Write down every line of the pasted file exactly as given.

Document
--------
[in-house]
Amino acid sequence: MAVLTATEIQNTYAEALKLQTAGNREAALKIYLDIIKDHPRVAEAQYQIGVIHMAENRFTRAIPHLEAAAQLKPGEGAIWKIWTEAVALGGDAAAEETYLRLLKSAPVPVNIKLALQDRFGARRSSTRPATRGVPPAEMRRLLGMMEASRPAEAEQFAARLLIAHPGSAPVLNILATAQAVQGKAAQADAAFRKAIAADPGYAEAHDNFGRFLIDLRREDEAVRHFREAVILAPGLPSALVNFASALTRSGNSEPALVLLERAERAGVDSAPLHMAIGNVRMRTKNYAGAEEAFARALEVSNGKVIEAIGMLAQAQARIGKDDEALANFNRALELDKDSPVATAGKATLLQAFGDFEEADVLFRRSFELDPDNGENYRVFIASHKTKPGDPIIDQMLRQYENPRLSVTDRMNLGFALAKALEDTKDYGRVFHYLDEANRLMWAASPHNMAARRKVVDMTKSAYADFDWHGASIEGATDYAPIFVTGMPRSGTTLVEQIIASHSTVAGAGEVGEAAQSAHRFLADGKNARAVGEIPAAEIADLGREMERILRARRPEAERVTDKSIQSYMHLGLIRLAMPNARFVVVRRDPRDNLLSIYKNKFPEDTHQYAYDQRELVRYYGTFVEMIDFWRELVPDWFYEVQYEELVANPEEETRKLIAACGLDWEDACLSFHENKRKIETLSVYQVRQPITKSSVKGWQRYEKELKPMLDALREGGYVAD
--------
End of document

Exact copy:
[in-house]
Amino acid sequence: MAVLTATEIQNTYAEALKLQTAGNREAALKIYLDIIKDHPRVAEAQYQIGVIHMAENRFTRAIPHLEAAAQLKPGEGAIWKIWTEAVALGGDAAAEETYLRLLKSAPVPVNIKLALQDRFGARRSSTRPATRGVPPAEMRRLLGMMEASRPAEAEQFAARLLIAHPGSAPVLNILATAQAVQGKAAQADAAFRKAIAADPGYAEAHDNFGRFLIDLRREDEAVRHFREAVILAPGLPSALVNFASALTRSGNSEPALVLLERAERAGVDSAPLHMAIGNVRMRTKNYAGAEEAFARALEVSNGKVIEAIGMLAQAQARIGKDDEALANFNRALELDKDSPVATAGKATLLQAFGDFEEADVLFRRSFELDPDNGENYRVFIASHKTKPGDPIIDQMLRQYENPRLSVTDRMNLGFALAKALEDTKDYGRVFHYLDEANRLMWAASPHNMAARRKVVDMTKSAYADFDWHGASIEGATDYAPIFVTGMPRSGTTLVEQIIASHSTVAGAGEVGEAAQSAHRFLADGKNARAVGEIPAAEIADLGREMERILRARRPEAERVTDKSIQSYMHLGLIRLAMPNARFVVVRRDPRDNLLSIYKNKFPEDTHQYAYDQRELVRYYGTFVEMIDFWRELVPDWFYEVQYEELVANPEEETRKLIAACGLDWEDACLSFHENKRKIETLSVYQVRQPITKSSVKGWQRYEKELKPMLDALREGGYVAD